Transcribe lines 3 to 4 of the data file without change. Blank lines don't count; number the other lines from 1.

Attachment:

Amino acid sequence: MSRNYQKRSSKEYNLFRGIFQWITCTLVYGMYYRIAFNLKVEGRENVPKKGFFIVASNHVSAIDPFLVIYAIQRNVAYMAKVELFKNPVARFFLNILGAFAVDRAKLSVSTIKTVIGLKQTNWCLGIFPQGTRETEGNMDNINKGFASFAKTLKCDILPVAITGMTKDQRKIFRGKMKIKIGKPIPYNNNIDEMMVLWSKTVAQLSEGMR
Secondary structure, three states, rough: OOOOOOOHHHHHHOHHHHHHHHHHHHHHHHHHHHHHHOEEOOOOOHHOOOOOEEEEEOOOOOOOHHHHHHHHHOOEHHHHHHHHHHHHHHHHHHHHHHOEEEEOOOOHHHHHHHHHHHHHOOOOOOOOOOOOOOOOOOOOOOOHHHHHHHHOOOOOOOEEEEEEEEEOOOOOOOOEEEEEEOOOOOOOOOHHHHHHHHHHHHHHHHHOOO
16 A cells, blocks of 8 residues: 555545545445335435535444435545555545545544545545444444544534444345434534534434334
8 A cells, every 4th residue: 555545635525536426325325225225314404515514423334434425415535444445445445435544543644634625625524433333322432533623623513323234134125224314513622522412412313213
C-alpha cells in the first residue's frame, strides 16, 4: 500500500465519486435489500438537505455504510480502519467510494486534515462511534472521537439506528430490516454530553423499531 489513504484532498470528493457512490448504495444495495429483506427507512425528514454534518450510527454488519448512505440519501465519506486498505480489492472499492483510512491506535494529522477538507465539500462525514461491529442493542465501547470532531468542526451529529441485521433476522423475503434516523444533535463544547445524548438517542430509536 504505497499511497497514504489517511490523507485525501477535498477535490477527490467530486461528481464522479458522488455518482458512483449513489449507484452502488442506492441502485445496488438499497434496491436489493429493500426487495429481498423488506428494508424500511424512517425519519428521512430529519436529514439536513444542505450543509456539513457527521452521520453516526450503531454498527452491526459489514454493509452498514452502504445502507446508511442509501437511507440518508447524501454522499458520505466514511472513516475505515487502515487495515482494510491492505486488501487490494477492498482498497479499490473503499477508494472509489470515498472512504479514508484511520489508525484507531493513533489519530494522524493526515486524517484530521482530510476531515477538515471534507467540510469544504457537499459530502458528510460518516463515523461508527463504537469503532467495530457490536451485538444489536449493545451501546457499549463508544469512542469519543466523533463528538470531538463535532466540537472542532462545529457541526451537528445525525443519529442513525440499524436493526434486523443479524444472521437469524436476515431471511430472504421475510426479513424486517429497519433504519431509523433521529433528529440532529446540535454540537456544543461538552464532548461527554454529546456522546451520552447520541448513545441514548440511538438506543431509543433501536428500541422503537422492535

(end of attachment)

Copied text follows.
16 A cells, blocks of 8 residues: 555545545445335435535444435545555545545544545545444444544534444345434534534434334
8 A cells, every 4th residue: 555545635525536426325325225225314404515514423334434425415535444445445445435544543644634625625524433333322432533623623513323234134125224314513622522412412313213